Two men exchanged pleasantries via Weibo on Wednesday night, one complimenting the other on a job well done. So far, so normal, considering this is China's leading social networking site, with over 25o million registered accounts. Yet the big difference was who was doing it; Stephon Marbury, two-time NBA All-Star, now with the Beijing Ducks, was congratulating J.R. Smith, the former Denver Nugget, on playing his part in Zhejiang Golden Bulls' victory over Guangdong Leopards that night.
Posts from the ‘Sports Media’ Category
Aside from the Euroleague, the only other basketball anyone will possibly be watching this year is from the China Basketball Association as players and owners work feverishly to hammer out a deal to save the NBA season. With the start of the 2011-2012 season approaching there is a lot of anticipation an excitement.
It’s my third time meeting Lu You this Monday at the gate of Beijing Second Intermediate People’s Court. The result of her second trial against Huang Jianxiang, her former colleague at CCTV, a football commentator, was to be announced that day. As the last two meetings with her, she seemed upbeat and spirited, like on the screen as a sports reporter.
It might be too early to call it "normal," but since Chinese investors went after the NBA Cleveland Cavaliers basketball squad in 2009, the latest news that a Chinese investment group is now looking to purchase Liverpool F.C. doesn't seem all that surprising. Except for the little issue over the fact that it is the China Investment Corporation, a state-owned company established in 2007 under the Ministry of Finance using 1.55 trillion RMB. The corporation is charged with managing part of the country's foreign reserves, and is one of the world's largest sovereign wealth funds.
A New Jersey congressman is demanding an official inquiry into Mikhail Prokhorov, the Russian billionaire who is about purchase the New Jersey Nets, for his apparent business dealings in Zimbabwe. The move threatens to crumble the $200 million USD deal and whether the team will ultimately be moving to Brookyln.
Our friends at China Sports Tour are working on a great project. Before reaching out to the outer space, they're bringing teams from around the planet to compete in a youth football tournament. Please see below their media release.
The first international youth soccer tournament in Beijing reveals details today.
An article asking the question: Why have China's football beat reporters been left out of the league-wide investigations?
The China Football Association handed out another round of rulings this week, demoting Guangzhou Pharmaceutical and Chengdu Sheffield United from the China Super League after evidence showed the teams had bribed opponents during the 2006 and 2007 seasons. Additionally, Qingdao Hailifeng was disqualified after police said the team's chairman, Du Yunqi gambled during the end of a game, attempting to manipulate the score so Du could win more money. Both Du and the Hailifeng team captain were arrested. Global Times ran an article earlier this week outlining the new rulings.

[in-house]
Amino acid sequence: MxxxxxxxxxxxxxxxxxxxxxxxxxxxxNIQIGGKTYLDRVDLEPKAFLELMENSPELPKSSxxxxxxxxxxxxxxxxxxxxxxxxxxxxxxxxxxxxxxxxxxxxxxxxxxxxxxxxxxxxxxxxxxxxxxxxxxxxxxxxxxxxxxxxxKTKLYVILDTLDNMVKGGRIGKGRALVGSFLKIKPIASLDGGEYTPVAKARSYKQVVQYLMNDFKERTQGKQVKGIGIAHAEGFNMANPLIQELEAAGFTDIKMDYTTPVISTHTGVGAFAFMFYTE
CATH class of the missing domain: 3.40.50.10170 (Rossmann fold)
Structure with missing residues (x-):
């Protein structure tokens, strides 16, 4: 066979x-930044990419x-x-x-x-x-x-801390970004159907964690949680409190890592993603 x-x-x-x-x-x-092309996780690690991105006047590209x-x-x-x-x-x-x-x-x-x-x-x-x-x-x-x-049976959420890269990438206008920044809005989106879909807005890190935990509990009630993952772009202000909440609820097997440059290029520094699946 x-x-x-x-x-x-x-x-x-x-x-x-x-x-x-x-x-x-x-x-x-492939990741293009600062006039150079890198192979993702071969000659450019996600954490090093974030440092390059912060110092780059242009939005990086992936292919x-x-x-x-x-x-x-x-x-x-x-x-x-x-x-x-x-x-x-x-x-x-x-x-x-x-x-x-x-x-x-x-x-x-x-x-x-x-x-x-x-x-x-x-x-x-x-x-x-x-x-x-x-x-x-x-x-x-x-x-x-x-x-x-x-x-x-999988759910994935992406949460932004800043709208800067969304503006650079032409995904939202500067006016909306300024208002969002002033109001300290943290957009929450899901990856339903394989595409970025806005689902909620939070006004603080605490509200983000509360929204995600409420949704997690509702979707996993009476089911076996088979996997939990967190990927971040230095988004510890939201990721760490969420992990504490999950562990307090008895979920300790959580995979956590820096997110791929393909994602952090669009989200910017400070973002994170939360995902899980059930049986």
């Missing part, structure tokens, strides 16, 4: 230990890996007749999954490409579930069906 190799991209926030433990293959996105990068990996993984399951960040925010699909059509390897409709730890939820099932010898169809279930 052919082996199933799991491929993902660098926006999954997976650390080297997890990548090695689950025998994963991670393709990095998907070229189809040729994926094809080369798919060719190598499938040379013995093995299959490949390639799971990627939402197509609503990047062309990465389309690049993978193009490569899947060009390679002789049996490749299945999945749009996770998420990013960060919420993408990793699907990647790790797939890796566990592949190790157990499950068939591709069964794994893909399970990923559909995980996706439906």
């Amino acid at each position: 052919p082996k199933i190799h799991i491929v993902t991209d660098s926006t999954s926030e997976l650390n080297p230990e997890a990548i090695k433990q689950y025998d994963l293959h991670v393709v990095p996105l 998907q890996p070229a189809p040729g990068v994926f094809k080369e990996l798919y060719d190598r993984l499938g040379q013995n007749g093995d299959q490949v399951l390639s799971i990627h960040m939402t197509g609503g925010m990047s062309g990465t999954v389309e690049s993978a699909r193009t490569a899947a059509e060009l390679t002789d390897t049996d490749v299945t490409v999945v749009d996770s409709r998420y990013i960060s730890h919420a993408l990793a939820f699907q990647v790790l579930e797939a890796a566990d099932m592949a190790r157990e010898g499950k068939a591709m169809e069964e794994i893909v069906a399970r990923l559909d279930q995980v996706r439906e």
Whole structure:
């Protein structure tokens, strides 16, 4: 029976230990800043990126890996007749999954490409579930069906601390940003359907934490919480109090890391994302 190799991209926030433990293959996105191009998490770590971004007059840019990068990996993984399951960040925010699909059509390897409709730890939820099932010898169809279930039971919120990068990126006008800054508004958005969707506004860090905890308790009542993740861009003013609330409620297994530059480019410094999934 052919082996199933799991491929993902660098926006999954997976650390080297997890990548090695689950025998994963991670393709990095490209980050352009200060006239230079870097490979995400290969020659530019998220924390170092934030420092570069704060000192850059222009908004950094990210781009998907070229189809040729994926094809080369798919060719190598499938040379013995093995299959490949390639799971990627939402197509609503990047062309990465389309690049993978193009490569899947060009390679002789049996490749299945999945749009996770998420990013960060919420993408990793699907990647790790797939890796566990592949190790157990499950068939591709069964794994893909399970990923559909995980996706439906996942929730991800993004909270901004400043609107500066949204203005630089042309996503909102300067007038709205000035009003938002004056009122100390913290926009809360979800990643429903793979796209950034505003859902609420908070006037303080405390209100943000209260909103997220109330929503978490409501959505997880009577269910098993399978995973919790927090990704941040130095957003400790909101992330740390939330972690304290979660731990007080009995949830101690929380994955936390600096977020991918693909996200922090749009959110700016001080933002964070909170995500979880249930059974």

A look at the recent discussions concerning Hong Kong businessman Albert Hung, who is now purchasing a stake in the NBA's Cleveland Cavaliers.
I dug through the news reports from Ohio to China, trudging through the same list of accolades and accomplishments of Albert Hung, one of the wealthiest businessmen in Hong Kong, who is finalizing a deal to buy a 15 percent stake in the Cleveland Cavaliers, which is expected to be completed by the end of the year. Then I waited for the negative backlash.
An op-ed on how despite the rise in sporting venues throughout China, the country's sports stadiums remain empty once the lights fade and the games conclude.
There is no question that large, global sporting events can help change the image of a city. Governments use the spectacles as a means to redevelop or invest further in a city’s infrastructure. South Africa proposed a nine billion rand — or about 1.7 billion USD — budget on city infrastructure projects for next year’s World Cup. According to the Beijing Organizing Committee, the 2008 Olympic Games saw about 60 billion USD invested in city-wide infrastructure projects, which included new stadium venues for the sporting events.
To most of Chinese I know, American football is difficult and distant. At Shanghai Scrap, Adam Minter interviews Zhang Nan, Monday Night Football’s play-by-play man in China, who tries his best to engage more Chinese into the sport.
Sure, the NFL has a small audience in China (roughly 20,000 viewers watch the weekly simulcast), but Zhang – as the play-by-play man – has a key role in helping the NFL expand it. And in doing so, it’s partly his responsibility to figure out a way to translate this most American of sports to a Chinese audience that has almost no knowledge or experience with it. The challenge is technical, cultural, and linguistic, and on Wednesday afternoon I spoke to Zhang (to the right of his broadcast partner, Guo Aibing, in the photo below) about how he handles the responsibilities.